The Plasmid Designer

In silico plasmid designer

The plasmid designer gives students and researchers the ability to design and validate their plasmids in in silico. Through an intuitive drag and drop interface, users can piece their plasmids together BioByte by BioByte. During this, the program provides feedback. It can check whether the desired plasmid will circularize properly. The presence of a selectable marker and an origin of replication is also checked. The user can see the resulting annotated sequence of the plasmid as it is being built. If the plasmid is being designed for an experiment, the software will generate a protocol for producing that plasmid given materials available in the kit, and insert that protocol into the user's online lab manual.

Part Graphics

In order to make the interface as intuitive as possible, icon graphics were chosen that would provide clear visual feedback of the key structures and functional sequences present on the plasmid.

The A and B Ends

An 'AB' Part
A 'BA' Part

'A' sticky ends are denoted as two interlocking red pieces, and 'B' sticky ends are denoted as two differently interlocking blue pieces. This gives a quick reminder that 'AB' parts can only be stuck to 'BA' parts in sequence, and vice versa.

Origins of Replication

An origin of replication

Origins of replication are given a unique block shape with the symbol, 'ORI' written on them.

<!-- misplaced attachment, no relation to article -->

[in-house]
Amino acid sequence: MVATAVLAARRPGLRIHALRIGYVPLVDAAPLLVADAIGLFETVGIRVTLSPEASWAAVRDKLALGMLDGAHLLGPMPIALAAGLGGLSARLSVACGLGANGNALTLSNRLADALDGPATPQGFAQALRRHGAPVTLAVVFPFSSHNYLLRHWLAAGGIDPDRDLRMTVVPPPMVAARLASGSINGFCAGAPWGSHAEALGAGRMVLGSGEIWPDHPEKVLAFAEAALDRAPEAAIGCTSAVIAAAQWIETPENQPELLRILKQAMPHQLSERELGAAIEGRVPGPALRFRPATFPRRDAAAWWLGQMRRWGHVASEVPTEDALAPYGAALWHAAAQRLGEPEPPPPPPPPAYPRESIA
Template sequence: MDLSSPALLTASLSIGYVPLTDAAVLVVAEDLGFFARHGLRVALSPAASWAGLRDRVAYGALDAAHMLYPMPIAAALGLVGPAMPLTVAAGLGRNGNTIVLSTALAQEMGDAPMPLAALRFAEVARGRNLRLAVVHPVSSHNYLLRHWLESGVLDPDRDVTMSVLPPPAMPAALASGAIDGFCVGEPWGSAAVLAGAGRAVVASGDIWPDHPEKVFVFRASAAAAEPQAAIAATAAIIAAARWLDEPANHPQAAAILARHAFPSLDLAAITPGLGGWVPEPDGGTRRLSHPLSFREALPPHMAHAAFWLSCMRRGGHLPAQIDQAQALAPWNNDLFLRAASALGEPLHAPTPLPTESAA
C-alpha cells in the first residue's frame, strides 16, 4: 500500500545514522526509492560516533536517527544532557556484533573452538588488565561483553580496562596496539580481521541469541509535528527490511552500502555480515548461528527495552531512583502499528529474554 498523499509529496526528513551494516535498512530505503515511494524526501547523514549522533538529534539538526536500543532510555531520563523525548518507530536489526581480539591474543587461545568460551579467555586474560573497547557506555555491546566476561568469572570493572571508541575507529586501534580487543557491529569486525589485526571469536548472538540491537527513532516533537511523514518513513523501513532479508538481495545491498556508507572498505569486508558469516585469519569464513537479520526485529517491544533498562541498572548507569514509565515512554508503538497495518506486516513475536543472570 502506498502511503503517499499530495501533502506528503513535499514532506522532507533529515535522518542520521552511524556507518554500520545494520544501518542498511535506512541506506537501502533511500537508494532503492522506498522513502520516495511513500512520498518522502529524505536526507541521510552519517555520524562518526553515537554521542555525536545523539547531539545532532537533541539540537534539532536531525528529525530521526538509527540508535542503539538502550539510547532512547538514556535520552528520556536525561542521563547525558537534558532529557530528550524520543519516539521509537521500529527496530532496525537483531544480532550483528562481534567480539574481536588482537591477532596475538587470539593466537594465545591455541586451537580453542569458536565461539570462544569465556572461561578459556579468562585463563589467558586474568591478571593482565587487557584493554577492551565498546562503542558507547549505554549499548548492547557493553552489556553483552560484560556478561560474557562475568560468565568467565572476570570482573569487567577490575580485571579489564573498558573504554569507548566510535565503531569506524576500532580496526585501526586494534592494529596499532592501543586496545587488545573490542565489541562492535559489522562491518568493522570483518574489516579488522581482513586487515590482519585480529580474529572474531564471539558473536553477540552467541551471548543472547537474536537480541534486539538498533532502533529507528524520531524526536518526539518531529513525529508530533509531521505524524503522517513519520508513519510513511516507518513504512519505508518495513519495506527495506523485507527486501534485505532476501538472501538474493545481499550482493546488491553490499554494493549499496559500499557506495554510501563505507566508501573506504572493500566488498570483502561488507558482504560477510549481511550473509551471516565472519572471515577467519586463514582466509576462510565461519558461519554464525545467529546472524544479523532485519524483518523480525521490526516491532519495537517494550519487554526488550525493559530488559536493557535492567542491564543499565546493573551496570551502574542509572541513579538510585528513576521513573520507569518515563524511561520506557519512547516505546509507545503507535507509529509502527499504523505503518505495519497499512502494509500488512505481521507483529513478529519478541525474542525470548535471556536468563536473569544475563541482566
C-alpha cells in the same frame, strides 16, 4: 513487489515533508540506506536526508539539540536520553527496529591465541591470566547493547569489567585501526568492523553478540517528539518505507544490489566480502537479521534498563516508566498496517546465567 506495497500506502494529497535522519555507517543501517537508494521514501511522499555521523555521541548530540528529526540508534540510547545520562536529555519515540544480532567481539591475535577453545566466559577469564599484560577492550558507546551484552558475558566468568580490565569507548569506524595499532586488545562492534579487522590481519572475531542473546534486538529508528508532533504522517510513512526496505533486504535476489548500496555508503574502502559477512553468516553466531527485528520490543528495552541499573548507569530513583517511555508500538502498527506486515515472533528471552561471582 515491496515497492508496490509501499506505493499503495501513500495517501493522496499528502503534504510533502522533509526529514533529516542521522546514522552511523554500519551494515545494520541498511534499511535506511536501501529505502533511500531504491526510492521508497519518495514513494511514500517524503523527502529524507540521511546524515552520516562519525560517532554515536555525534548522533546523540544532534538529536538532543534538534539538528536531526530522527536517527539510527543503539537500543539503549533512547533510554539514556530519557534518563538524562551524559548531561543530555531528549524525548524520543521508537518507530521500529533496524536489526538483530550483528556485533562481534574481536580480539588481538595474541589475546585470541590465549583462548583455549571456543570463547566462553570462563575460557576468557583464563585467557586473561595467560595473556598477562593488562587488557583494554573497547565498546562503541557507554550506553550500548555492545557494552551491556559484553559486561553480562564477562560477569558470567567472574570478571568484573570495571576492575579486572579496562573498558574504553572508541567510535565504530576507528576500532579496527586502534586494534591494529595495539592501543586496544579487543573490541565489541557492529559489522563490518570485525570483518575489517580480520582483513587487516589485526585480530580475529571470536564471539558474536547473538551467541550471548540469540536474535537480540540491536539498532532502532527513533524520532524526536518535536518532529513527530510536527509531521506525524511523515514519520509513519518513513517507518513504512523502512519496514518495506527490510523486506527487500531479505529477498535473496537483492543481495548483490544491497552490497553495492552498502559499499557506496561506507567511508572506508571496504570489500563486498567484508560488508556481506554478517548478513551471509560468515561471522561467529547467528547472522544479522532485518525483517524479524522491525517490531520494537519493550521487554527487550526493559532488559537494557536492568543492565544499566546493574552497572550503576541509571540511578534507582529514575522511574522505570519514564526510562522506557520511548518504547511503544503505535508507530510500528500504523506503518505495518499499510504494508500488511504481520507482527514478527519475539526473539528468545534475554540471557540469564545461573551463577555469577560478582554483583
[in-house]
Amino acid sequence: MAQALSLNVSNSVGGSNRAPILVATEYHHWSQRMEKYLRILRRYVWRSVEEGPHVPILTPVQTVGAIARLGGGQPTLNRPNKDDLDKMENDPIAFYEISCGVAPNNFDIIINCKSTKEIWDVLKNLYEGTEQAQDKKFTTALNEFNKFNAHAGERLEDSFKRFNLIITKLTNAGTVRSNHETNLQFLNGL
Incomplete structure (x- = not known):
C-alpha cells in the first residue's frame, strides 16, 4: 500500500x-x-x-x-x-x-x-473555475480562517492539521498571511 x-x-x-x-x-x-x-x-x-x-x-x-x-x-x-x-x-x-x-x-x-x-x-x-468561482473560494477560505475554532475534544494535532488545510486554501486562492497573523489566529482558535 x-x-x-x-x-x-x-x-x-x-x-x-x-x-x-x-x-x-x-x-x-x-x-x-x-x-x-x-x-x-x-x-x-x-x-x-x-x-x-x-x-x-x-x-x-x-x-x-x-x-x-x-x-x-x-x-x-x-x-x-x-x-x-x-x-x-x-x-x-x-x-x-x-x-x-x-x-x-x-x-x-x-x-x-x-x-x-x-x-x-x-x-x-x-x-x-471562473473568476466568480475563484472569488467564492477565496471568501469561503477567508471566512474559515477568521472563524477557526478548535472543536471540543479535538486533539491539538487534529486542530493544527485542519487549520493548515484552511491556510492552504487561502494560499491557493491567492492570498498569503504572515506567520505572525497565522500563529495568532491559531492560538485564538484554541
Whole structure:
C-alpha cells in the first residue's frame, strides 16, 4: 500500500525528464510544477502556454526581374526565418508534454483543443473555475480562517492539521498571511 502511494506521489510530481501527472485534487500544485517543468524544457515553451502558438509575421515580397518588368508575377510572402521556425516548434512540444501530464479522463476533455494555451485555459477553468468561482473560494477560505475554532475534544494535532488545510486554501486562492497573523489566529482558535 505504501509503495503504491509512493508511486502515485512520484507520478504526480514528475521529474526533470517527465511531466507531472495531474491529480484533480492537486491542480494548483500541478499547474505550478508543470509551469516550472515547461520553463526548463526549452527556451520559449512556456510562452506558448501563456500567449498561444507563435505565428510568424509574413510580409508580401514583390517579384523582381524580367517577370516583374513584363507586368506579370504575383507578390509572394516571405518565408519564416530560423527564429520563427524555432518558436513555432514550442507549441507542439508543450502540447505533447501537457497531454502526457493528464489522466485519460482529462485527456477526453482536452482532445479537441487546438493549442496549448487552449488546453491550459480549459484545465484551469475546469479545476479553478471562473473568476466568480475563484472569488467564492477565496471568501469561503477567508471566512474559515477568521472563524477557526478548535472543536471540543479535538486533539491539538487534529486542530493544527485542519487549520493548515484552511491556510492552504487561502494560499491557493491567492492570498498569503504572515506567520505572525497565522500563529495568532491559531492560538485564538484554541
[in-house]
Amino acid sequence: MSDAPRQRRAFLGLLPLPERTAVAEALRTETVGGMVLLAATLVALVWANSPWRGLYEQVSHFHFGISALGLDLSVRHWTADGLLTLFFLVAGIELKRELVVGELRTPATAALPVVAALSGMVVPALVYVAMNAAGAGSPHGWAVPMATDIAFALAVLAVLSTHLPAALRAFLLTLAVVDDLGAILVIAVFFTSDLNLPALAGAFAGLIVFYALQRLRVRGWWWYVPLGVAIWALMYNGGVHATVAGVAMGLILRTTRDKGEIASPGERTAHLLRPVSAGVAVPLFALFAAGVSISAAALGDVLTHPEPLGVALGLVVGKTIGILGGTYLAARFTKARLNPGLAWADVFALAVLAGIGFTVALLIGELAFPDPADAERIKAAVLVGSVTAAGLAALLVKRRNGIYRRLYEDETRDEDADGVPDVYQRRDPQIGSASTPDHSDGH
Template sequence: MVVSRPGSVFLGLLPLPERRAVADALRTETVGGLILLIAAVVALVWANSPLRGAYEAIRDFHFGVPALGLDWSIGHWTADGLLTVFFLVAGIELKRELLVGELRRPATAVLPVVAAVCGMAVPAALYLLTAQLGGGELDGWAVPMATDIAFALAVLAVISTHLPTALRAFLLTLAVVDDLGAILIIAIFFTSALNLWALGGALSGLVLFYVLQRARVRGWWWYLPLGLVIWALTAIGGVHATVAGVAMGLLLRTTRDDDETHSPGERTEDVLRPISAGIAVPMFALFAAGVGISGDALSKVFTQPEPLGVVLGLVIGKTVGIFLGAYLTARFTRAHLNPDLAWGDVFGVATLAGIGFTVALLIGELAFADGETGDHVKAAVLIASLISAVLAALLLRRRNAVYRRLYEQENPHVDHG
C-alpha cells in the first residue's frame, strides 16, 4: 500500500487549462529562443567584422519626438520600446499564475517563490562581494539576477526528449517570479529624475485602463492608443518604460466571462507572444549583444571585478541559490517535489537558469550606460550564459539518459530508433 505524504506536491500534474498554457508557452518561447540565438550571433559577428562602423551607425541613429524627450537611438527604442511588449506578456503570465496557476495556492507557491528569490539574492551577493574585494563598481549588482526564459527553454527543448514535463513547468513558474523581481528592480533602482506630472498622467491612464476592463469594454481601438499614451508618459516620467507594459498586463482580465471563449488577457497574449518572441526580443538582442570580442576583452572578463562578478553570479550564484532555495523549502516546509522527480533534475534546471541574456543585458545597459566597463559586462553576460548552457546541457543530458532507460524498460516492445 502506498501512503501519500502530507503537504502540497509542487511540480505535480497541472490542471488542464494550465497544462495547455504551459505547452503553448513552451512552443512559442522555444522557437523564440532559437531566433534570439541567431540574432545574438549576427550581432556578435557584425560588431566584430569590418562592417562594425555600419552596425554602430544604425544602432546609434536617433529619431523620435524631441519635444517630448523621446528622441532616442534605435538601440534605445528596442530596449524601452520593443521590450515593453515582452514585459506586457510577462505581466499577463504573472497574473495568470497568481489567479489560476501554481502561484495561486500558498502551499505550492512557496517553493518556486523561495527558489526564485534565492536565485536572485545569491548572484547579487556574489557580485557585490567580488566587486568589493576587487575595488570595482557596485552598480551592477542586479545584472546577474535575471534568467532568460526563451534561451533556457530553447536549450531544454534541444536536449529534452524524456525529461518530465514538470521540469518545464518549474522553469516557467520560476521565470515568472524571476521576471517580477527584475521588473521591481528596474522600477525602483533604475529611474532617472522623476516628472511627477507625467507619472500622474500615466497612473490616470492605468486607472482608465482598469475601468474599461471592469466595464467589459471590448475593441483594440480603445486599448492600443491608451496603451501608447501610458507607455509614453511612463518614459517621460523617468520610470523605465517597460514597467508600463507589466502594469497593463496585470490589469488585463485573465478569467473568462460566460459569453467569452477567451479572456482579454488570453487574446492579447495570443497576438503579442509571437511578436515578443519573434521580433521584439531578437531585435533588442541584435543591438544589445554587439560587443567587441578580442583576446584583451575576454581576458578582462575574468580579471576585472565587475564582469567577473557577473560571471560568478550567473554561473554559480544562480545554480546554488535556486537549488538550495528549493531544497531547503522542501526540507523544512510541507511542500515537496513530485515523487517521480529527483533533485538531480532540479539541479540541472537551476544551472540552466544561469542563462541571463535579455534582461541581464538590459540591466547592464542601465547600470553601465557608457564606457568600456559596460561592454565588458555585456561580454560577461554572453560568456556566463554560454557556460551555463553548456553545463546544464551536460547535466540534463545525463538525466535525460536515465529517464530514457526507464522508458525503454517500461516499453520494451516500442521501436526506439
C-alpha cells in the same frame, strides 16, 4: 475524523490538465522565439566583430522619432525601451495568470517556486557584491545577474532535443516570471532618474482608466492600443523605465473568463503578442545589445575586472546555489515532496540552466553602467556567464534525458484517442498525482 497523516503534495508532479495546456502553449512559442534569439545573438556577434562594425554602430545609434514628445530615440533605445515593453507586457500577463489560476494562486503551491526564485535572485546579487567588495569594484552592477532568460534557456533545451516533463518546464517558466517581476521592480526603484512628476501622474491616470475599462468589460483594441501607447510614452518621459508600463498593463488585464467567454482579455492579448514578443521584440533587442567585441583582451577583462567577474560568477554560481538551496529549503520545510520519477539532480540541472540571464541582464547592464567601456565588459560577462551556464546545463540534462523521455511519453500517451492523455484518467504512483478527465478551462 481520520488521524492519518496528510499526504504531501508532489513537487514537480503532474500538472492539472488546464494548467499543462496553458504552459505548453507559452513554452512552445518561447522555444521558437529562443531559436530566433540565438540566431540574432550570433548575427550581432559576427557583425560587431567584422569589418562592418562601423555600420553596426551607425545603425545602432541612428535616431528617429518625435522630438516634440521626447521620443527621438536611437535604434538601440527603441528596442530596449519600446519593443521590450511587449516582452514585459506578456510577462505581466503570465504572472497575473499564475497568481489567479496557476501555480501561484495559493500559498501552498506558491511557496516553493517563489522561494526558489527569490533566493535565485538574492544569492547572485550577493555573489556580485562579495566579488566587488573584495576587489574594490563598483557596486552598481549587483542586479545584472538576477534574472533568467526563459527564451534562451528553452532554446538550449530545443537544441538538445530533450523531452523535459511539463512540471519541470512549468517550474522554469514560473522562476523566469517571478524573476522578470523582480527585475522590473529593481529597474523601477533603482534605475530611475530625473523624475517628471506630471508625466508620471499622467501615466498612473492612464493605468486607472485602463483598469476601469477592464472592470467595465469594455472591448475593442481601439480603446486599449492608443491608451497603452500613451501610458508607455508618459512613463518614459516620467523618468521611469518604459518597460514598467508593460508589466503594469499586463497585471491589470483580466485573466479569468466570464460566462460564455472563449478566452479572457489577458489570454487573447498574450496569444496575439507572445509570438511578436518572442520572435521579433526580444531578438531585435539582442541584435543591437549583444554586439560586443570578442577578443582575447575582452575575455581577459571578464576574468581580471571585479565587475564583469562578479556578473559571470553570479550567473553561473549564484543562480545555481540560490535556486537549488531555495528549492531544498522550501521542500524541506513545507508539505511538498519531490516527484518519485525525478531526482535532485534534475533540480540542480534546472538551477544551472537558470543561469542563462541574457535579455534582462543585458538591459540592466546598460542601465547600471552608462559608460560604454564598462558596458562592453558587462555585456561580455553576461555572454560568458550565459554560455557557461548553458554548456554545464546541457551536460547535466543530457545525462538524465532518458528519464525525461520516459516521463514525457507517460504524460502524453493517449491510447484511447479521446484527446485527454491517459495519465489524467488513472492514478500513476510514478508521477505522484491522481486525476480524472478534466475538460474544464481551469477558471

Open Reading Frames

A GFP open reading frame

Open reading frames are blocks of various colors with a short acronym or abbreviation of its name on them. The ends are given a 'torn away' appearance that interlocks with the symbols for start and stop codons. This is to remind the user that BioByte open reading frame parts do not contain a start or stop codon. Therefore, the user must remember to proceed an ORF BioByte with a start codon, and include a stop codon after. Otherwise, interesting gene fusions could be created, intentionally or not.

Selectable Markers

An ampicillin resistance open reading frame

Selectable markers are sometimes simply a special case of ORF, with no start or stop codon. Others are full cassettes, which contain promoters, start and stop codons, and anything else necessary for expression. This distinction is made clear with appropriate graphics.


A promoter followed by a ribosome binding site and a start codon

Transcriptional promoters are indicated with a bent arrow.

Ribosome Binding Sites

Ribosome binding sites are indicated with a very stylized ribosome-like blob shape.

Start and Stop Codons

A stop codon followed by a ribosome binding site and a start codon

Start and stop codons are indicated with a half-circle, with a 'torn' appearance such that they appear to interlock neatly with the open reading frame icons. Start codons are green, and have an arrow extending right. Stop codons are red, with an arrow ending at a vertical line.

Transcriptional Terminators

A stop codon followed by a transcriptional terminator

Transcriptional terminators are visualized by three successive red sawtooth shapes.

How It Works Together

If one wanted to build a simple, viable plasmid that could replicate and provide antibiotic resistance, one would need to drag together the following parts from the parts bin:

  • An 'AB' origin of replication BioByte
  • A 'BA' promoter, ribosome binding site, start codon BioByte
  • An 'AB' ampicillin resistance open reading frame BioByte
  • A 'BA' stop codon, transcriptional terminator BioByte

In the plasmid designer, it looks like this:


Sequence View


As soon as parts are dragged into the plasmid, the annotated sequence is shown to the user, and is updated in real time.